Author + information
- Received October 30, 2015
- Revision received December 28, 2015
- Accepted January 21, 2016
- Published online August 1, 2016.
- Ayman A. Hussein, MD,
- Yacoub Baghdy, MD,
- Oussama M. Wazni, MD,
- Michael P. Brunner, MD,
- Ghazal Kabbach, MD,
- Mingyuan Shao, MS,
- Steven Gordon, MD,
- Walid I. Saliba, MD,
- Bruce L. Wilkoff, MD and
- Khaldoun G. Tarakji, MD, MPH∗ ()
- ↵∗Reprint requests and correspondence:
Dr. Khaldoun G. Tarakji, Cardiac Pacing and Electrophysiology, Department of Cardiovascular Medicine/J2-2, Cleveland Clinic Foundation, 9500 Euclid Avenue, Cleveland, Ohio 44195.
Objectives This study reports a high-volume tertiary care center experience with the microbiology of cardiac implantable electronic devices (CIED) infections with assessment of temporal trends and profiles of late versus early infections.
Background The rates of CIED infections have been increasing. With changing demographics, patient and device characteristics, prophylactic measures, and the wide use of broad-spectrum antibiotics, there is need for updated contemporary data on the microbiology of CIED infections.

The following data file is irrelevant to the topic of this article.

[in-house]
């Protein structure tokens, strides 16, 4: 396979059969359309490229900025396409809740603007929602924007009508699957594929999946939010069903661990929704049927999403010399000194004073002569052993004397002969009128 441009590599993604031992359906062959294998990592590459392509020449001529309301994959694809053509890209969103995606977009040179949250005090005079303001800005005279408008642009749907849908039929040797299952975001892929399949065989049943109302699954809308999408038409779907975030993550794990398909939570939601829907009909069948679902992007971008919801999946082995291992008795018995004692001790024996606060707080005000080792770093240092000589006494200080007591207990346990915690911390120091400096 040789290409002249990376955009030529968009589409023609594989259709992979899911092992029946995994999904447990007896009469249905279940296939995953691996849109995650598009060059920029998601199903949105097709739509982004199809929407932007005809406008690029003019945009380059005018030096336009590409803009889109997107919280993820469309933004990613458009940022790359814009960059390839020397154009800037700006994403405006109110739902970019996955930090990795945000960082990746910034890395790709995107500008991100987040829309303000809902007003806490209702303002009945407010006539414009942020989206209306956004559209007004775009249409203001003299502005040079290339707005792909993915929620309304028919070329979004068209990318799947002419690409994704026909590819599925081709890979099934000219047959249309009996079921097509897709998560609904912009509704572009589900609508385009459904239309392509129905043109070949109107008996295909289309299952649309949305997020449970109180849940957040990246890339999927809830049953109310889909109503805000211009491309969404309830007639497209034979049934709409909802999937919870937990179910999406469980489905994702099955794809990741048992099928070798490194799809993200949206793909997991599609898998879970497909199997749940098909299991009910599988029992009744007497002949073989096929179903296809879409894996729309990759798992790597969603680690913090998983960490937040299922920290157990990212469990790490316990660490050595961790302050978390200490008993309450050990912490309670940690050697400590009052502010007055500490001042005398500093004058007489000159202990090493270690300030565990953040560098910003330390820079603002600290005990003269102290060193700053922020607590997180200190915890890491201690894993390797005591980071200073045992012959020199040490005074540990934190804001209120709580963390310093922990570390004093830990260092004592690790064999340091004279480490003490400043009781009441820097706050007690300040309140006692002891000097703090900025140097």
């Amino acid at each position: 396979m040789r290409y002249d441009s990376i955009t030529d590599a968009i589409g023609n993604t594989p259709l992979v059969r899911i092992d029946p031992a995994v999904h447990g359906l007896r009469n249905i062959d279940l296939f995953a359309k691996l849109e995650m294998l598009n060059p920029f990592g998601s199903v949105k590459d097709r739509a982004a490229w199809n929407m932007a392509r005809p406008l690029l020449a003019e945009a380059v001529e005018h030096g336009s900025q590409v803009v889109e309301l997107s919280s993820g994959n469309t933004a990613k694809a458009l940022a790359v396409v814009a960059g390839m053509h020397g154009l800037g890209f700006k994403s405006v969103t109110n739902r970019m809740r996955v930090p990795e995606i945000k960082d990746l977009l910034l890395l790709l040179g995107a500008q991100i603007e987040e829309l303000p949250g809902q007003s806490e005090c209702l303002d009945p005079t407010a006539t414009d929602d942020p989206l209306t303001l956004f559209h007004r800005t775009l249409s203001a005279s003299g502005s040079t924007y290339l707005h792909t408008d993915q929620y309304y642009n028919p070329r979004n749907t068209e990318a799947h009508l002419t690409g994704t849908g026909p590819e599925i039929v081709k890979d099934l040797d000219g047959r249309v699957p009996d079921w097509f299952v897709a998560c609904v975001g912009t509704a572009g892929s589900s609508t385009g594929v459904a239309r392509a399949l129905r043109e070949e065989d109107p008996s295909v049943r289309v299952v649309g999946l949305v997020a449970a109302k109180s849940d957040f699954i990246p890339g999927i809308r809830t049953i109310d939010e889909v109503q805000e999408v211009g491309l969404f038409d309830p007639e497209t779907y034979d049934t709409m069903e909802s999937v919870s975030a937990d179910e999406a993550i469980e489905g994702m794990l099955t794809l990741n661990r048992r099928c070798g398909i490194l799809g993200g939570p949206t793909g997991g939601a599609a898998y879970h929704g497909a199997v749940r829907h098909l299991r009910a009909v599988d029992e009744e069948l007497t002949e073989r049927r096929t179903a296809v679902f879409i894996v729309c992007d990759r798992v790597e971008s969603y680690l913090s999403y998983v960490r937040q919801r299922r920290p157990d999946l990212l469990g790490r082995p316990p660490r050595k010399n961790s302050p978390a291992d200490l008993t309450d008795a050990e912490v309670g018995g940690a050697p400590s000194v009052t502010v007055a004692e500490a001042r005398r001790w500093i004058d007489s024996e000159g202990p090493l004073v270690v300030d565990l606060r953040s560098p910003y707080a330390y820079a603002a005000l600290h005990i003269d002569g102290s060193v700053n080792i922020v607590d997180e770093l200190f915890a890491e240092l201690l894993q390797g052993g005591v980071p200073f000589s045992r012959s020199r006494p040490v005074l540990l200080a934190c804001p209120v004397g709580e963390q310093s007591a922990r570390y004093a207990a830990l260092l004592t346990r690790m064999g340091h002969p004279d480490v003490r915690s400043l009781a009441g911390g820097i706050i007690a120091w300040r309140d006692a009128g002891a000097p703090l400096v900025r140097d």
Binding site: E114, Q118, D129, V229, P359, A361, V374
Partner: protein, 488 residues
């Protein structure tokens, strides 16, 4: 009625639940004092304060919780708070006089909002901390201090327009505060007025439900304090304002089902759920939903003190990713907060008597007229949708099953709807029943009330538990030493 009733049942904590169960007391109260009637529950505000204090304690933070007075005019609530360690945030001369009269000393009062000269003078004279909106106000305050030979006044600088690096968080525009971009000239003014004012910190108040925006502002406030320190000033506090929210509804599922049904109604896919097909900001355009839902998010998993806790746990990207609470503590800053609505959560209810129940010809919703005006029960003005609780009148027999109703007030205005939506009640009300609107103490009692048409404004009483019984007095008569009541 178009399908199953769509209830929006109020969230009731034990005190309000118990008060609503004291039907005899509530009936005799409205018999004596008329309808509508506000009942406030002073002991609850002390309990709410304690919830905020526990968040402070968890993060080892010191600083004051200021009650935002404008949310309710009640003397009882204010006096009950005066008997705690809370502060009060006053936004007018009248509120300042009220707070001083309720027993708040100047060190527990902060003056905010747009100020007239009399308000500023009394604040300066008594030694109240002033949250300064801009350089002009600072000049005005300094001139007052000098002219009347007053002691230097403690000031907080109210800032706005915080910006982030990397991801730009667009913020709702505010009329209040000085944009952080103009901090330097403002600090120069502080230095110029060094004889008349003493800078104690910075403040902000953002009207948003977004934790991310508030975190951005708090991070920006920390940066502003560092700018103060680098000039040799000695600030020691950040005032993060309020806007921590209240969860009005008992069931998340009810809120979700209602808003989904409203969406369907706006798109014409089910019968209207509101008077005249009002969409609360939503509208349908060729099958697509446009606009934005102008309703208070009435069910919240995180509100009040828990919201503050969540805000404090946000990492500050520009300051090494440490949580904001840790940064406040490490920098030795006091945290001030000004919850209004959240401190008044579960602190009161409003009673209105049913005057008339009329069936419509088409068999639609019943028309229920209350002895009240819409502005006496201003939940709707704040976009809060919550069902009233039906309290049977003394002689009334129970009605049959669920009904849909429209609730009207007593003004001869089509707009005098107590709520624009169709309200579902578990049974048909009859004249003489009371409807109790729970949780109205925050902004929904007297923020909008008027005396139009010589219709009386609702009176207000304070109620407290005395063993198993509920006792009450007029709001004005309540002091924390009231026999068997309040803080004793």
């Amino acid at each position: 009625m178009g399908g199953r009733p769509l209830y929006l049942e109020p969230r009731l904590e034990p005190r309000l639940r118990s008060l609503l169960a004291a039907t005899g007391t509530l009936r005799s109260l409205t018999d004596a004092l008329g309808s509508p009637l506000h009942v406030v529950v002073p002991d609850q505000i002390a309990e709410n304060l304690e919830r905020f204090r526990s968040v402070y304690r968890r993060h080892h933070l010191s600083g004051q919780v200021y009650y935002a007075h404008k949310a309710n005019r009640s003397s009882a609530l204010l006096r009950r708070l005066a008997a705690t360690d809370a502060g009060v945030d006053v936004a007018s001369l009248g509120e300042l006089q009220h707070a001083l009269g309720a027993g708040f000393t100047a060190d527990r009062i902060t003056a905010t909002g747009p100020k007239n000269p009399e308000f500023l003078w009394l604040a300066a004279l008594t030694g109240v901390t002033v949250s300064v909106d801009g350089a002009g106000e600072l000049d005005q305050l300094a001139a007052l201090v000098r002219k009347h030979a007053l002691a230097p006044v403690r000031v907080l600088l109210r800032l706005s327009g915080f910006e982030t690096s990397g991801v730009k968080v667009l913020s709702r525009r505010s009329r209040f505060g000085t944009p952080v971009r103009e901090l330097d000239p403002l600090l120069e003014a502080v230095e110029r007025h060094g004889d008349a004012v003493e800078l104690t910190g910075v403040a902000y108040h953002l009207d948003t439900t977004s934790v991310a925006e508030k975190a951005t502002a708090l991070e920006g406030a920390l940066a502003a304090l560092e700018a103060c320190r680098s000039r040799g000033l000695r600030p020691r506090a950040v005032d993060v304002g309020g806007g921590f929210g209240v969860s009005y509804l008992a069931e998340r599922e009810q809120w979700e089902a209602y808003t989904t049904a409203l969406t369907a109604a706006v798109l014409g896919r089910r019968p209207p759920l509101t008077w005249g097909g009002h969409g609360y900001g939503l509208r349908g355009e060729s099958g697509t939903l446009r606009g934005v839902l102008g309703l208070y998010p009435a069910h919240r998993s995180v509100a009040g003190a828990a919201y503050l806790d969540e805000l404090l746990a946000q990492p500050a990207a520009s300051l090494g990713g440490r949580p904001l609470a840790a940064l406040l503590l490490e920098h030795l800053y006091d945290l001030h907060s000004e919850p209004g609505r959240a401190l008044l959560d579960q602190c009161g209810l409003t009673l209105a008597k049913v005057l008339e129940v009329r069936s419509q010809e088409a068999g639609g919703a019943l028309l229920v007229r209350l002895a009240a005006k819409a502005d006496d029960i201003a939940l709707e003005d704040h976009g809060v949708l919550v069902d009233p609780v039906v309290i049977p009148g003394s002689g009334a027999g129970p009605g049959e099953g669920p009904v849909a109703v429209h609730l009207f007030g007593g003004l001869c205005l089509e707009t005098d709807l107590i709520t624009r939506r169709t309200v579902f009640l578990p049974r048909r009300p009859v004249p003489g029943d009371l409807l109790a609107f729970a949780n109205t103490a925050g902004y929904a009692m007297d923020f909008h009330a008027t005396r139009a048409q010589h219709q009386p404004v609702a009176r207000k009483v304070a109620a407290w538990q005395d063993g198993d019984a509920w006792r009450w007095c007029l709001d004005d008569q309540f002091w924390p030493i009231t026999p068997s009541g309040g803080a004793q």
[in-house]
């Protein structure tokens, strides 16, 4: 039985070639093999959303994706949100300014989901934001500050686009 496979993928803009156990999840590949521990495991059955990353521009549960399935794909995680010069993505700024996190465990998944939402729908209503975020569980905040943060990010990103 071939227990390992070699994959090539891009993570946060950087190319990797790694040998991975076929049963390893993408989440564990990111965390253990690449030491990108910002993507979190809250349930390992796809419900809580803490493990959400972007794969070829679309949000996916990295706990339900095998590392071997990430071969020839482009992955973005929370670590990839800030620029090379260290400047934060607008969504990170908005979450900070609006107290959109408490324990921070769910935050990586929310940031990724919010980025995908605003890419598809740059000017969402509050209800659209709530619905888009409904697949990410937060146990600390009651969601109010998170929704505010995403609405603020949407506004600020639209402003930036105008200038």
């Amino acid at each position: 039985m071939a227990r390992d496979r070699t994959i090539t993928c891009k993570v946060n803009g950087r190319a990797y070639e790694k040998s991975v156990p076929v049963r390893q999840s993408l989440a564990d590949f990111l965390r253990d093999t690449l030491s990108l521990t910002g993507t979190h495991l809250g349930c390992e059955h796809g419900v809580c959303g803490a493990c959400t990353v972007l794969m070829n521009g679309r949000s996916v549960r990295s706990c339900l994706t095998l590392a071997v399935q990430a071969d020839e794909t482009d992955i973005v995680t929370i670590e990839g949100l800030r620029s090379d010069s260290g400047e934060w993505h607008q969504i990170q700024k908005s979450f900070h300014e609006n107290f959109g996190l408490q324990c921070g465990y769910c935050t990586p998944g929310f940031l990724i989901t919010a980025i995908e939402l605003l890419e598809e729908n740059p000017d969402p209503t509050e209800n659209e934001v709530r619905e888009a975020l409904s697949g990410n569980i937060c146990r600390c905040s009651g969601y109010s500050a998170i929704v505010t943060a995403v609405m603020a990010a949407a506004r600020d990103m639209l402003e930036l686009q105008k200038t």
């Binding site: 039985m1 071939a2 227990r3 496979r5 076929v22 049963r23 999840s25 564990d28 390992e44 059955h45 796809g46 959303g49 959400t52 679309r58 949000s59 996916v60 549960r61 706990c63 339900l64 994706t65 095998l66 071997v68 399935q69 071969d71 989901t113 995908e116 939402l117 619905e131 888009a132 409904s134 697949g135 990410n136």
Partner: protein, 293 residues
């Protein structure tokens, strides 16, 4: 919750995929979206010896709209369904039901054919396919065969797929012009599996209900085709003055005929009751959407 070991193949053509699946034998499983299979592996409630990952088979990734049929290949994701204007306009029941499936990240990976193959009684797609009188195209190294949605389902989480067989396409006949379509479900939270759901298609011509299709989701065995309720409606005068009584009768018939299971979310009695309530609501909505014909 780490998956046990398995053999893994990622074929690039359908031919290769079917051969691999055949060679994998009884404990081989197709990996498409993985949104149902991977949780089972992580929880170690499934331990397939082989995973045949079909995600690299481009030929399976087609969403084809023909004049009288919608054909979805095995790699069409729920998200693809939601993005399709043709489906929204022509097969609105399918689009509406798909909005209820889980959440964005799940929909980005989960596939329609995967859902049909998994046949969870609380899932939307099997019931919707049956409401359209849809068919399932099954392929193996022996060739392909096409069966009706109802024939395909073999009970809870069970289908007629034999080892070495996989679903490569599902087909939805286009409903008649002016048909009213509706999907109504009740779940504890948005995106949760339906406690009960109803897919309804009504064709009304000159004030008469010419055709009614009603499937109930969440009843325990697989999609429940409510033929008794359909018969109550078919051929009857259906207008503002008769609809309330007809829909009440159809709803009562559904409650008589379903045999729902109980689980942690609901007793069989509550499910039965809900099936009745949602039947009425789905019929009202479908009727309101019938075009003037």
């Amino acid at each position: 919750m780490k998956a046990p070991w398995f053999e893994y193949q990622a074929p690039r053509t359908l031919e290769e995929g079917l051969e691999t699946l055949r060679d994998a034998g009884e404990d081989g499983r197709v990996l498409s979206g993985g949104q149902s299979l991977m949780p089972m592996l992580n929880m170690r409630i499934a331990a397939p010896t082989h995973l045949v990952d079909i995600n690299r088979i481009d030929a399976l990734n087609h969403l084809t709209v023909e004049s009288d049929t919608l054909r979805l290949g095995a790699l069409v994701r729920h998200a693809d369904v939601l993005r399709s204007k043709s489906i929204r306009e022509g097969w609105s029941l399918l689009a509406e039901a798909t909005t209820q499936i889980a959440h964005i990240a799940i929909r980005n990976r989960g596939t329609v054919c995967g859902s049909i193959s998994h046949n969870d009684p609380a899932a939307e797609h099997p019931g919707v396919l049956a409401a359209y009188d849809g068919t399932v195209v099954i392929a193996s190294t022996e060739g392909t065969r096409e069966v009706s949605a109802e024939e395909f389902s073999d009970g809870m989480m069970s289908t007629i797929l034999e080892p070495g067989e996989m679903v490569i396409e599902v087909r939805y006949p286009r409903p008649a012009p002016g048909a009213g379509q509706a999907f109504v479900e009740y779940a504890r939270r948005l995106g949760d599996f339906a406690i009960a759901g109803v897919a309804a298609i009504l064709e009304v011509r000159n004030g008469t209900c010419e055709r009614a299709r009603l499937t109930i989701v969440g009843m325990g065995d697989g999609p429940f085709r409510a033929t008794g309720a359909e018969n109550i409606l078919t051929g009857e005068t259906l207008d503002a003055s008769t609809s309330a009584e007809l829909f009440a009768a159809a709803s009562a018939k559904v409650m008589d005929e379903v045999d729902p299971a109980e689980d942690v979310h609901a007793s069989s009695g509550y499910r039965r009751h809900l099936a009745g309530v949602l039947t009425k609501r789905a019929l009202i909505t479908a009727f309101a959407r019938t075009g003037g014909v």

Methods The study included 816 consecutive patients with confirmed CIED infections who underwent transvenous lead extraction at our institution between the years 2000 and 2011. Blood cultures were obtained in addition of pocket swabs, pocket capsule, and leads.
Results Staphylococcal species remained the most common pathogens in CIED infections (68.4%), especially coagulase-negative species (37.6%). Methicillin-resistant staphylococci were the pathogens in 33.8% of all CIED infections and accounted for 49.4% of all staphylococcal infections. Gram-negative pathogens were identified in 8.9% of cases, whereas 13.2% were with negative cultures. CIED infections related to streptococci (2.5%), enterococci (4.2%), anaerobes (1.6%), fungi (0.9%), and mycobacteria species (0.2%) were less common. Of pocket infections, 49.5% occurred more than 1 year after pocket manipulation, and 53.6% of these were related to coagulase-negative staphylococci. In contrast, most endovascular infections were related to Staphylococcus aureus. The proportions of culture negative infections have increased (p < 0.0001).
Conclusions The study provides contemporary data on the microbiology of CIED infections. The rates of methicillin resistance seem to be greater than those reported from the preceding decade.
- cardiac implantable electronic devices
- transvenous lead extraction
The authors have reported that they have no relationships relevant to the contents of this paper to disclose.
- Received October 30, 2015.
- Revision received December 28, 2015.
- Accepted January 21, 2016.
- American College of Cardiology Foundation